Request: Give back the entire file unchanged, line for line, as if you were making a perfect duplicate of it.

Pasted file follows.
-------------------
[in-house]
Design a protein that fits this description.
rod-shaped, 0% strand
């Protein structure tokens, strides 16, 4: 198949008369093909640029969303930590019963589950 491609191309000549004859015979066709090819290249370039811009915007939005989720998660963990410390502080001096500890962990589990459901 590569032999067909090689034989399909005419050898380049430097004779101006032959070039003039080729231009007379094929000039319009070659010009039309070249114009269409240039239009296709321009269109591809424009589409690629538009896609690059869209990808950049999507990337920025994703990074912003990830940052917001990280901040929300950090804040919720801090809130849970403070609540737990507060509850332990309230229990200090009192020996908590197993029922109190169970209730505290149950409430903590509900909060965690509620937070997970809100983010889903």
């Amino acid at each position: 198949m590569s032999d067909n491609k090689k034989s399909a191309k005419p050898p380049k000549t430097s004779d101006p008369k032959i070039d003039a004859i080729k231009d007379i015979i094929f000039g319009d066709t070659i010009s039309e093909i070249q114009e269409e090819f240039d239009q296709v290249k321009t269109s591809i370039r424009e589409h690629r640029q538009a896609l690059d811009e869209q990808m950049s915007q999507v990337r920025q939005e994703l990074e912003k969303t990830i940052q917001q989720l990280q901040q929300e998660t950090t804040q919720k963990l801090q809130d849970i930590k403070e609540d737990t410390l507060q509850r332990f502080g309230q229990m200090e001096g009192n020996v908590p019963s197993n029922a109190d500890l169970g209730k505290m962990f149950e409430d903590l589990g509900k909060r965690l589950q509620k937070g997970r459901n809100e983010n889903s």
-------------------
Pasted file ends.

[in-house]
Design a protein that fits this description.
rod-shaped, 0% strand
């Protein structure tokens, strides 16, 4: 198949008369093909640029969303930590019963589950 491609191309000549004859015979066709090819290249370039811009915007939005989720998660963990410390502080001096500890962990589990459901 590569032999067909090689034989399909005419050898380049430097004779101006032959070039003039080729231009007379094929000039319009070659010009039309070249114009269409240039239009296709321009269109591809424009589409690629538009896609690059869209990808950049999507990337920025994703990074912003990830940052917001990280901040929300950090804040919720801090809130849970403070609540737990507060509850332990309230229990200090009192020996908590197993029922109190169970209730505290149950409430903590509900909060965690509620937070997970809100983010889903």
């Amino acid at each position: 198949m590569s032999d067909n491609k090689k034989s399909a191309k005419p050898p380049k000549t430097s004779d101006p008369k032959i070039d003039a004859i080729k231009d007379i015979i094929f000039g319009d066709t070659i010009s039309e093909i070249q114009e269409e090819f240039d239009q296709v290249k321009t269109s591809i370039r424009e589409h690629r640029q538009a896609l690059d811009e869209q990808m950049s915007q999507v990337r920025q939005e994703l990074e912003k969303t990830i940052q917001q989720l990280q901040q929300e998660t950090t804040q919720k963990l801090q809130d849970i930590k403070e609540d737990t410390l507060q509850r332990f502080g309230q229990m200090e001096g009192n020996v908590p019963s197993n029922a109190d500890l169970g209730k505290m962990f149950e409430d903590l589990g509900k909060r965690l589950q509620k937070g997970r459901n809100e983010n889903s």